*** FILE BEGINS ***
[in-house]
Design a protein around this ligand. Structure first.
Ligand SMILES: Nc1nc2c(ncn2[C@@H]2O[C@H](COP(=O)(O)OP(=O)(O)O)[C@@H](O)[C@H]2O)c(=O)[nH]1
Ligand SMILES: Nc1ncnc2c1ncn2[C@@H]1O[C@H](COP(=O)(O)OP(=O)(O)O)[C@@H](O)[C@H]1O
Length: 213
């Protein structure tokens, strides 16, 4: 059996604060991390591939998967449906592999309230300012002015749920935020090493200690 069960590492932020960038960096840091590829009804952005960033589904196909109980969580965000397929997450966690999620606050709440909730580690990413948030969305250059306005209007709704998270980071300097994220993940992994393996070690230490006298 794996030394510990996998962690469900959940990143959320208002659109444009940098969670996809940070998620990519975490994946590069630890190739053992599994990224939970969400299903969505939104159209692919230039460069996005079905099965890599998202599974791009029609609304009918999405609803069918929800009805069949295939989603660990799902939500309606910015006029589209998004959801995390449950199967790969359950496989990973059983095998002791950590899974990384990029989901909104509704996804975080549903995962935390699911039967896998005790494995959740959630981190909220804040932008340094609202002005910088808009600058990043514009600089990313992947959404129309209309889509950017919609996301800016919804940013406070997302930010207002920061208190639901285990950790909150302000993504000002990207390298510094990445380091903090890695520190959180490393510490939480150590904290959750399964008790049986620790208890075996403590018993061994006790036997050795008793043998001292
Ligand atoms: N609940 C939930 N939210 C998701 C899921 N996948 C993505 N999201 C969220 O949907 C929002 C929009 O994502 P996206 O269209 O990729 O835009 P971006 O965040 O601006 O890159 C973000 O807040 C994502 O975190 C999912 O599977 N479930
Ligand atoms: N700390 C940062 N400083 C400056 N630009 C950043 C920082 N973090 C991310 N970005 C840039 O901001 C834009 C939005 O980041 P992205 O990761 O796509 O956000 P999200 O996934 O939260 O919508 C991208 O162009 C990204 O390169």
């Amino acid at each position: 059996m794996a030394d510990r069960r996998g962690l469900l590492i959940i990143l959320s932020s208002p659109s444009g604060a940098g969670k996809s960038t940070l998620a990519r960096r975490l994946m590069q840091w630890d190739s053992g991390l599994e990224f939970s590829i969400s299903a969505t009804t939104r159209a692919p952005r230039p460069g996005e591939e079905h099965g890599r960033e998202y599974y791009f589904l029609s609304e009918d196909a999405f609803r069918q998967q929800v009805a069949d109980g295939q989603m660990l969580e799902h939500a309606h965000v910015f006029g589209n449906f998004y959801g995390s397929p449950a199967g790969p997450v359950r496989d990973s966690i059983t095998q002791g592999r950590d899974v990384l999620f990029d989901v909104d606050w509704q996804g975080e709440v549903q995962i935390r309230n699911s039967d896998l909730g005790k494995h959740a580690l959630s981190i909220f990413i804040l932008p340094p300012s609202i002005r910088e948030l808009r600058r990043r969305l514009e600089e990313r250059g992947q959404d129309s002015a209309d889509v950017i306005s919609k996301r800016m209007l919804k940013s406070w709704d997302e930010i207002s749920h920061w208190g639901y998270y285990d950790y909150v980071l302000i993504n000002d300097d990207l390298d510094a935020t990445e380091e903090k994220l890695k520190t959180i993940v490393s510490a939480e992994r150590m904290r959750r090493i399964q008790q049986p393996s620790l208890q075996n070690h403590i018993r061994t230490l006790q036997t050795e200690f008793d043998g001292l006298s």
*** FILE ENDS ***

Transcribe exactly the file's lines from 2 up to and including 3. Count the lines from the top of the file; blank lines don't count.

Design a protein around this ligand. Structure first.
Ligand SMILES: Nc1nc2c(ncn2[C@@H]2O[C@H](COP(=O)(O)OP(=O)(O)O)[C@@H](O)[C@H]2O)c(=O)[nH]1